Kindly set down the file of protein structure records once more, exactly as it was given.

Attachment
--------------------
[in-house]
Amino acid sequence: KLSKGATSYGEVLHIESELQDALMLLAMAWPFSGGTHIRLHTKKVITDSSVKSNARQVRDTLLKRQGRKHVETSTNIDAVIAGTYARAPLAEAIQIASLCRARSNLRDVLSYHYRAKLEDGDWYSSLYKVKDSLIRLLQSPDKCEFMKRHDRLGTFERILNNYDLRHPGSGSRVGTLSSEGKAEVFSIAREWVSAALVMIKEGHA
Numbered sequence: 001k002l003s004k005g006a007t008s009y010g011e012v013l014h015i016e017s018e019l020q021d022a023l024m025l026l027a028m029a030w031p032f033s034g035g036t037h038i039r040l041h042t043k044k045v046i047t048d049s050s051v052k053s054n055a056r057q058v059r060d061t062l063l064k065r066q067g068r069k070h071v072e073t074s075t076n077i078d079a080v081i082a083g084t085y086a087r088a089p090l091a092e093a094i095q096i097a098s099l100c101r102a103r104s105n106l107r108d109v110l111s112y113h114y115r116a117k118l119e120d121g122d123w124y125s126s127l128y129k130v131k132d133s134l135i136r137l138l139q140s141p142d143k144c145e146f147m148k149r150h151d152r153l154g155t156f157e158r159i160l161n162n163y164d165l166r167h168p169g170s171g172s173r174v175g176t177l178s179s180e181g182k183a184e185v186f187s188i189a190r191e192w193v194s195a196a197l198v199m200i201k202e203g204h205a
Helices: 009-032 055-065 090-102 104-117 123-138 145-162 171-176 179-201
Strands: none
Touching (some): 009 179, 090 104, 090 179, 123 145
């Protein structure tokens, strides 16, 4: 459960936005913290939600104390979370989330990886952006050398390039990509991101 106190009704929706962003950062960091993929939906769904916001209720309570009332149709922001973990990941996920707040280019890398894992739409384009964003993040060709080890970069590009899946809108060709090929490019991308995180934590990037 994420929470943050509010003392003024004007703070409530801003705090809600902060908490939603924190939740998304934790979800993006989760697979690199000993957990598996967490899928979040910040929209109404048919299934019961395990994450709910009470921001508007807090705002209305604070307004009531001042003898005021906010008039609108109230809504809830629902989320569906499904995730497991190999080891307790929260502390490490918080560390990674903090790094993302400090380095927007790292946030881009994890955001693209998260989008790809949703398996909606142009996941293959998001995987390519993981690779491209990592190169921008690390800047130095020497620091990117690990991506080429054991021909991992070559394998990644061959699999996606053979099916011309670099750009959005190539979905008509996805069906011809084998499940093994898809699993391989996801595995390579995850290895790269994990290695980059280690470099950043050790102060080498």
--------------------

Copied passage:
[in-house]
Amino acid sequence: KLSKGATSYGEVLHIESELQDALMLLAMAWPFSGGTHIRLHTKKVITDSSVKSNARQVRDTLLKRQGRKHVETSTNIDAVIAGTYARAPLAEAIQIASLCRARSNLRDVLSYHYRAKLEDGDWYSSLYKVKDSLIRLLQSPDKCEFMKRHDRLGTFERILNNYDLRHPGSGSRVGTLSSEGKAEVFSIAREWVSAALVMIKEGHA
Numbered sequence: 001k002l003s004k005g006a007t008s009y010g011e012v013l014h015i016e017s018e019l020q021d022a023l024m025l026l027a028m029a030w031p032f033s034g035g036t037h038i039r040l041h042t043k044k045v046i047t048d049s050s051v052k053s054n055a056r057q058v059r060d061t062l063l064k065r066q067g068r069k070h071v072e073t074s075t076n077i078d079a080v081i082a083g084t085y086a087r088a089p090l091a092e093a094i095q096i097a098s099l100c101r102a103r104s105n106l107r108d109v110l111s112y113h114y115r116a117k118l119e120d121g122d123w124y125s126s127l128y129k130v131k132d133s134l135i136r137l138l139q140s141p142d143k144c145e146f147m148k149r150h151d152r153l154g155t156f157e158r159i160l161n162n163y164d165l166r167h168p169g170s171g172s173r174v175g176t177l178s179s180e181g182k183a184e185v186f187s188i189a190r191e192w193v194s195a196a197l198v199m200i201k202e203g204h205a
Helices: 009-032 055-065 090-102 104-117 123-138 145-162 171-176 179-201
Strands: none
Touching (some): 009 179, 090 104, 090 179, 123 145
């Protein structure tokens, strides 16, 4: 459960936005913290939600104390979370989330990886952006050398390039990509991101 106190009704929706962003950062960091993929939906769904916001209720309570009332149709922001973990990941996920707040280019890398894992739409384009964003993040060709080890970069590009899946809108060709090929490019991308995180934590990037 994420929470943050509010003392003024004007703070409530801003705090809600902060908490939603924190939740998304934790979800993006989760697979690199000993957990598996967490899928979040910040929209109404048919299934019961395990994450709910009470921001508007807090705002209305604070307004009531001042003898005021906010008039609108109230809504809830629902989320569906499904995730497991190999080891307790929260502390490490918080560390990674903090790094993302400090380095927007790292946030881009994890955001693209998260989008790809949703398996909606142009996941293959998001995987390519993981690779491209990592190169921008690390800047130095020497620091990117690990991506080429054991021909991992070559394998990644061959699999996606053979099916011309670099750009959005190539979905008509996805069906011809084998499940093994898809699993391989996801595995390579995850290895790269994990290695980059280690470099950043050790102060080498």